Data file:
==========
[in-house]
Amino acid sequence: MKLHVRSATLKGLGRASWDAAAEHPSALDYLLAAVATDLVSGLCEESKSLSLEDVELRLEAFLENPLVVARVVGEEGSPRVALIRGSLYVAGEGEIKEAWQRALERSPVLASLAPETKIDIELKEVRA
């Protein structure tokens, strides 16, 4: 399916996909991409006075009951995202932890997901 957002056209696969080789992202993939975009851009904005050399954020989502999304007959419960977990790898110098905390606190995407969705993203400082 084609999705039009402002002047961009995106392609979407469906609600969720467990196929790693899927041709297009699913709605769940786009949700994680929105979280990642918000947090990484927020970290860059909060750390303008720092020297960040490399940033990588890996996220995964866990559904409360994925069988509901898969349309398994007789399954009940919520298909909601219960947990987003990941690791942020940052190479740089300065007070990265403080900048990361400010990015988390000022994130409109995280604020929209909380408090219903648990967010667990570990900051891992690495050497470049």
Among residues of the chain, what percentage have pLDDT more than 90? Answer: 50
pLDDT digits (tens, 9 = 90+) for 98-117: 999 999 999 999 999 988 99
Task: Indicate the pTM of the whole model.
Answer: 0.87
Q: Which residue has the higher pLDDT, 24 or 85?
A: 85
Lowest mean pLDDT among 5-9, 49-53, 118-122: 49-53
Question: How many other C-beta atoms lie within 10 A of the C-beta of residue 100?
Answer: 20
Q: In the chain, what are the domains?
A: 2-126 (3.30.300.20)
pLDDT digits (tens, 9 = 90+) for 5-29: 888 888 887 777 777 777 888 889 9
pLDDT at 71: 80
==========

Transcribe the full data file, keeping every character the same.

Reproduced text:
[in-house]
Amino acid sequence: MKLHVRSATLKGLGRASWDAAAEHPSALDYLLAAVATDLVSGLCEESKSLSLEDVELRLEAFLENPLVVARVVGEEGSPRVALIRGSLYVAGEGEIKEAWQRALERSPVLASLAPETKIDIELKEVRA
């Protein structure tokens, strides 16, 4: 399916996909991409006075009951995202932890997901 957002056209696969080789992202993939975009851009904005050399954020989502999304007959419960977990790898110098905390606190995407969705993203400082 084609999705039009402002002047961009995106392609979407469906609600969720467990196929790693899927041709297009699913709605769940786009949700994680929105979280990642918000947090990484927020970290860059909060750390303008720092020297960040490399940033990588890996996220995964866990559904409360994925069988509901898969349309398994007789399954009940919520298909909601219960947990987003990941690791942020940052190479740089300065007070990265403080900048990361400010990015988390000022994130409109995280604020929209909380408090219903648990967010667990570990900051891992690495050497470049």
Among residues of the chain, what percentage have pLDDT more than 90? Answer: 50
pLDDT digits (tens, 9 = 90+) for 98-117: 999 999 999 999 999 988 99
Task: Indicate the pTM of the whole model.
Answer: 0.87
Q: Which residue has the higher pLDDT, 24 or 85?
A: 85
Lowest mean pLDDT among 5-9, 49-53, 118-122: 49-53
Question: How many other C-beta atoms lie within 10 A of the C-beta of residue 100?
Answer: 20
Q: In the chain, what are the domains?
A: 2-126 (3.30.300.20)
pLDDT digits (tens, 9 = 90+) for 5-29: 888 888 887 777 777 777 888 889 9
pLDDT at 71: 80